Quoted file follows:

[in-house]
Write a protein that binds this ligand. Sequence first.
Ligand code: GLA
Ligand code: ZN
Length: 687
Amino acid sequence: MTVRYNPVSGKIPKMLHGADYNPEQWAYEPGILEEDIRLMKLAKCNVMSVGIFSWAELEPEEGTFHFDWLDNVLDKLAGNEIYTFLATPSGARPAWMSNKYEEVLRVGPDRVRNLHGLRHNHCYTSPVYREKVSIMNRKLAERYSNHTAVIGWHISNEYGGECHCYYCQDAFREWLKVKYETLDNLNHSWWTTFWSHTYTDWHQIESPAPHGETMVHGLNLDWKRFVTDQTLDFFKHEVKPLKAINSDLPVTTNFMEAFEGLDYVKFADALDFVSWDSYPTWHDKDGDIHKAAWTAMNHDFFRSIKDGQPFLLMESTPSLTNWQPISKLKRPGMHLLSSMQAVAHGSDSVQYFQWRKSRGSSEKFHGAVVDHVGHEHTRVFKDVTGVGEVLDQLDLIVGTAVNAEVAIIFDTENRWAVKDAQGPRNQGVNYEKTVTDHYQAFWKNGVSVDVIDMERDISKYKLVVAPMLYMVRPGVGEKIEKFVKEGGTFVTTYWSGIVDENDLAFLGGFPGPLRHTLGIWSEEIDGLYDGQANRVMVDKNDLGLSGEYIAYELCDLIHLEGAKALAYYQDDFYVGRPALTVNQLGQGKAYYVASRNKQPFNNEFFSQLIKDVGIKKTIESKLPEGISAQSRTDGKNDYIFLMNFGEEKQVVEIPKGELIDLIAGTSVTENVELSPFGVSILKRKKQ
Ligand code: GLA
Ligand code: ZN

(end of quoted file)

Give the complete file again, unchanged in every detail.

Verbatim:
[in-house]
Write a protein that binds this ligand. Sequence first.
Ligand code: GLA
Ligand code: ZN
Length: 687
Amino acid sequence: MTVRYNPVSGKIPKMLHGADYNPEQWAYEPGILEEDIRLMKLAKCNVMSVGIFSWAELEPEEGTFHFDWLDNVLDKLAGNEIYTFLATPSGARPAWMSNKYEEVLRVGPDRVRNLHGLRHNHCYTSPVYREKVSIMNRKLAERYSNHTAVIGWHISNEYGGECHCYYCQDAFREWLKVKYETLDNLNHSWWTTFWSHTYTDWHQIESPAPHGETMVHGLNLDWKRFVTDQTLDFFKHEVKPLKAINSDLPVTTNFMEAFEGLDYVKFADALDFVSWDSYPTWHDKDGDIHKAAWTAMNHDFFRSIKDGQPFLLMESTPSLTNWQPISKLKRPGMHLLSSMQAVAHGSDSVQYFQWRKSRGSSEKFHGAVVDHVGHEHTRVFKDVTGVGEVLDQLDLIVGTAVNAEVAIIFDTENRWAVKDAQGPRNQGVNYEKTVTDHYQAFWKNGVSVDVIDMERDISKYKLVVAPMLYMVRPGVGEKIEKFVKEGGTFVTTYWSGIVDENDLAFLGGFPGPLRHTLGIWSEEIDGLYDGQANRVMVDKNDLGLSGEYIAYELCDLIHLEGAKALAYYQDDFYVGRPALTVNQLGQGKAYYVASRNKQPFNNEFFSQLIKDVGIKKTIESKLPEGISAQSRTDGKNDYIFLMNFGEEKQVVEIPKGELIDLIAGTSVTENVELSPFGVSILKRKKQ
Ligand code: GLA
Ligand code: ZN